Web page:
Notorious killer Charles Manson was denied parole today after a California parole board noted that he recently bragged to a prison psychologist, "I am a very dangerous man."
Manson, now a gray haired 77, was denied parole for the 12th time. He is serving a life sentence for seven murders in the 1969 "Helter Skelter" killing spree in Los Angeles.
"This panel can find nothing good as far as suitability factors go," said John Peck, a member of the panel that met at Corcoran State Prison in central California for the hearing, according to a pool report from the Associated Press.
Peck read aloud some comments Manson had recently said to one of his prison psychologists.
"I'm special. I'm not like the average inmate," Peck read. "I have spent my life in prison. I have put five people in the grave. I am a very dangerous man."
"This panel agrees with that statement," Peck said.
Today could have been Manson's last chance for freedom since the California Department of Corrections set Manson's next hearing for 15 years from now. Manson would be 92 by then.
Manson, true to form, did not attend the hearing.
"He has not shown up for several of his latest hearings, since 1997," California Department of Corrections spokesman Luis Patino told ABCNews.com before the hearing began. "He told his counselor that he did not plan on attending."
Manson has been less than a model inmate. He has violated several rules in the five years since his last parole hearing, Calif. Department of Corrections spokeswoman Terry Thornton told ABCNews.com.
He has been caught in possession of a weapon, threatened a peace officer, and has been caught twice with contraband cell phones in the past three years, Thornton said.
Manson placed calls and messaged people in California, New Jersey, Florida, British Columbia, and elsewhere, Thornton said. The incidents, in 2009 and 2011, are still under investigation and Thornton could not comment on how he obtained the phones.
Those present for the hearing included a commissioner, deputy commissioner, attorneys for both sides and family members of Manson's victims.
Debra Tate, the sister of murdered actress Sharon Tate, attended the hearing, Patino said.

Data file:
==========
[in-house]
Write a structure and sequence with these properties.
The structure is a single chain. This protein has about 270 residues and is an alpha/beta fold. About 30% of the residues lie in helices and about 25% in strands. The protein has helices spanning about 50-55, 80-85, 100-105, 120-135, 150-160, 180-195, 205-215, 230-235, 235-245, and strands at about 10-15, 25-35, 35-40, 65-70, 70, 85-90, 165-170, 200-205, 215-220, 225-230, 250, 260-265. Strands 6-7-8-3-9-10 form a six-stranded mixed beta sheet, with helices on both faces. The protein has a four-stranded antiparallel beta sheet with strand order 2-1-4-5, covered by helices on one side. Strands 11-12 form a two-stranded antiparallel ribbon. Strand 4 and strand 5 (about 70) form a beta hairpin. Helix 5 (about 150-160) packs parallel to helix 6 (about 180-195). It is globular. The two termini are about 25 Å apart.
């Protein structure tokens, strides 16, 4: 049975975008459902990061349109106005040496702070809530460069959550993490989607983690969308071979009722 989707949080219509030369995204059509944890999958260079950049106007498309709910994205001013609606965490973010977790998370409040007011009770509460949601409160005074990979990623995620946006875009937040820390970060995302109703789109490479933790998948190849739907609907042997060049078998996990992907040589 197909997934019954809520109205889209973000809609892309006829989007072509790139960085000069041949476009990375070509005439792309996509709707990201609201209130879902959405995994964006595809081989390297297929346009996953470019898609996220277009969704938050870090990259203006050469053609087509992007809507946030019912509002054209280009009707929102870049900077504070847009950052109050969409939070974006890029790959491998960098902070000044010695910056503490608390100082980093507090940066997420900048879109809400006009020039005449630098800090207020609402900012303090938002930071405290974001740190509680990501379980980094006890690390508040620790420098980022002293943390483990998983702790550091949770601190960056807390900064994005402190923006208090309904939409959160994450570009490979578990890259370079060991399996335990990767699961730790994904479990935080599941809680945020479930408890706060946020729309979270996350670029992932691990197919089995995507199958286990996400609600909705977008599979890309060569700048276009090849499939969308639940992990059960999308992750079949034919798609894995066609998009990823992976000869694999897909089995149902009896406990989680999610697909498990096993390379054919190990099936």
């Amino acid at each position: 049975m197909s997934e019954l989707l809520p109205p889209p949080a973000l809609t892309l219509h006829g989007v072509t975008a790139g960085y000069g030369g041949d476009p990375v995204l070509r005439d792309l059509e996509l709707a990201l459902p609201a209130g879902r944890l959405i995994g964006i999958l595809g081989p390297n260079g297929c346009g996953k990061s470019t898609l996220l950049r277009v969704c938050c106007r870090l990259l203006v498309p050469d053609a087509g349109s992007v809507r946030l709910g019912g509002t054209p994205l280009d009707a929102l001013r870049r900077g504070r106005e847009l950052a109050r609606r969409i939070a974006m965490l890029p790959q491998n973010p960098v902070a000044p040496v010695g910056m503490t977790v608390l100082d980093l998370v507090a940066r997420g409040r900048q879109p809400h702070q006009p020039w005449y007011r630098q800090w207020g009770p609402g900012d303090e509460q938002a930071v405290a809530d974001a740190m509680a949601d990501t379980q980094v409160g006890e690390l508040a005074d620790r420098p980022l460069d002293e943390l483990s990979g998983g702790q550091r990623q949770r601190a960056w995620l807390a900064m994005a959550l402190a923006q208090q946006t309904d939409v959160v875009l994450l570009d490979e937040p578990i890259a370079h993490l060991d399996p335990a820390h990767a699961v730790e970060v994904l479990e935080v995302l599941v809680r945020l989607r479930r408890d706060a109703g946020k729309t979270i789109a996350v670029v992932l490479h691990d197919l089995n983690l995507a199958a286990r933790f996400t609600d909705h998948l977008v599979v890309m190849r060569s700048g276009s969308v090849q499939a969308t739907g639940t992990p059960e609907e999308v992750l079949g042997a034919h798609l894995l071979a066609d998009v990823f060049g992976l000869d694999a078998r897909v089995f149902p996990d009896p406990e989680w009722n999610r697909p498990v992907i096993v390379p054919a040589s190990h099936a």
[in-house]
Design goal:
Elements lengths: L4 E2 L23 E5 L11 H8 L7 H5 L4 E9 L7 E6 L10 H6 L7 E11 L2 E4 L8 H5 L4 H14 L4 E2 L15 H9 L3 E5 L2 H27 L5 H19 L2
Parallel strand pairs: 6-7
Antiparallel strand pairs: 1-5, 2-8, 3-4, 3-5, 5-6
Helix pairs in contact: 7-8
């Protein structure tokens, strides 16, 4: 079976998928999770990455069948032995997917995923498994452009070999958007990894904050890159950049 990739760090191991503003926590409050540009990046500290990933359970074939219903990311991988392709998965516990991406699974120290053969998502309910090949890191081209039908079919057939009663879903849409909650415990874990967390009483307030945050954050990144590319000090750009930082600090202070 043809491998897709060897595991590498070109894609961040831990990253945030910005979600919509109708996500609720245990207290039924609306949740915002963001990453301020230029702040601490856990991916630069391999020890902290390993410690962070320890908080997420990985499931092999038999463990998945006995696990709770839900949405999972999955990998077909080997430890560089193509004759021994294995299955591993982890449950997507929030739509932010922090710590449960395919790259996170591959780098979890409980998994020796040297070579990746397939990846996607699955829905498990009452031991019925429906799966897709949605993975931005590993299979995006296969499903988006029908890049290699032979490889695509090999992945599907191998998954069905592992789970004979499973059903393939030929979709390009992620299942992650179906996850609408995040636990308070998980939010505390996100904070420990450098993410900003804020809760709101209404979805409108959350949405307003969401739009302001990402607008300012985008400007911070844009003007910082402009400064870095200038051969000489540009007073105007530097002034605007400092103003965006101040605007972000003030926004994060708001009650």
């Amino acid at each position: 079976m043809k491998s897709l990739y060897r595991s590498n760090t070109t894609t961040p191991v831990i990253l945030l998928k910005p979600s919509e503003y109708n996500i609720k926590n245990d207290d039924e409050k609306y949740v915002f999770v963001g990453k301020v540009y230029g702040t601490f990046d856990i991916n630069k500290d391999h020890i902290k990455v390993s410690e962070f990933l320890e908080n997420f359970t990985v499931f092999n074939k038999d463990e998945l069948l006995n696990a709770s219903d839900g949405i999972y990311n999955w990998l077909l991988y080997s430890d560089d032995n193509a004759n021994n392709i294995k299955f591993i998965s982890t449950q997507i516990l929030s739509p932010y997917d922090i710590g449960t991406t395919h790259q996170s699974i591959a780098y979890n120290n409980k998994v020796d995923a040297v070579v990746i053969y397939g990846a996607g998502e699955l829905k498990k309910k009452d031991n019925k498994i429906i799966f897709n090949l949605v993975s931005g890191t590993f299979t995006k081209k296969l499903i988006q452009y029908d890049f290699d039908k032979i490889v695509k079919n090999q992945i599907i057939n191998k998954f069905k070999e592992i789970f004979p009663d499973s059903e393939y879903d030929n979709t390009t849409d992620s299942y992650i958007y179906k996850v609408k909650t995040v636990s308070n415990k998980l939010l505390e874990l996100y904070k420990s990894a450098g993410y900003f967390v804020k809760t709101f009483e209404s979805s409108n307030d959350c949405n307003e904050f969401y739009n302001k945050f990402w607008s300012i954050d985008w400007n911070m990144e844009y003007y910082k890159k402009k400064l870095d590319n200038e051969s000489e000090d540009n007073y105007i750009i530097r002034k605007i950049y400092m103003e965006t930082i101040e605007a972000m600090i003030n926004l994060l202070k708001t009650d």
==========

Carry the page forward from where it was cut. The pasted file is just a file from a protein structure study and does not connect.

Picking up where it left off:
Attorneys from both sides were expected to give presentations and read any documents by victims' relatives or other interested parties. They also went over Manson's prison records.
The commissioners went into closed deliberations before announcing their decision. An official transcript of the proceedings is expected to be released in about a month.
Last week, the California Department of Corrections released two new photos of the now 77-year-old Manson. In the images, his beard is longer, but he still has the same intense stare as he had as a younger man.
The images were taken at the state prison in Corcoran, Calif., in June 2011. They show Manson with unruly gray hair, a scruffy beard and a now faded swastika tattoo on his forehead.
Photos of inmates are routinely taken when they are transferred to different facilities or when their appearance changes, like Manson's has.
The last photos of Manson were released three years ago and showed him with a shaved head and a shortly trimmed beard.
Manson was convicted of seven counts of first degree murder for a 1969 killing spree in Los Angeles. The killings included the fatal stabbing of five people in Tate's home, and the murders of Leno and Rosemary LaBianca.
Manson was sentenced to death when he was found guilty, but the sentence was modified in 1977 to "life in prison with the possibility of parole, after a 1972 ruling by the California Supreme Court that determined the state's death penalty statute at the time was unconstitutional," according to the California Department of Corrections.
Manson's reign of terror was detailed in the best-selling book "Helter Skelter" by former prosecutor Vincent Bugliosi.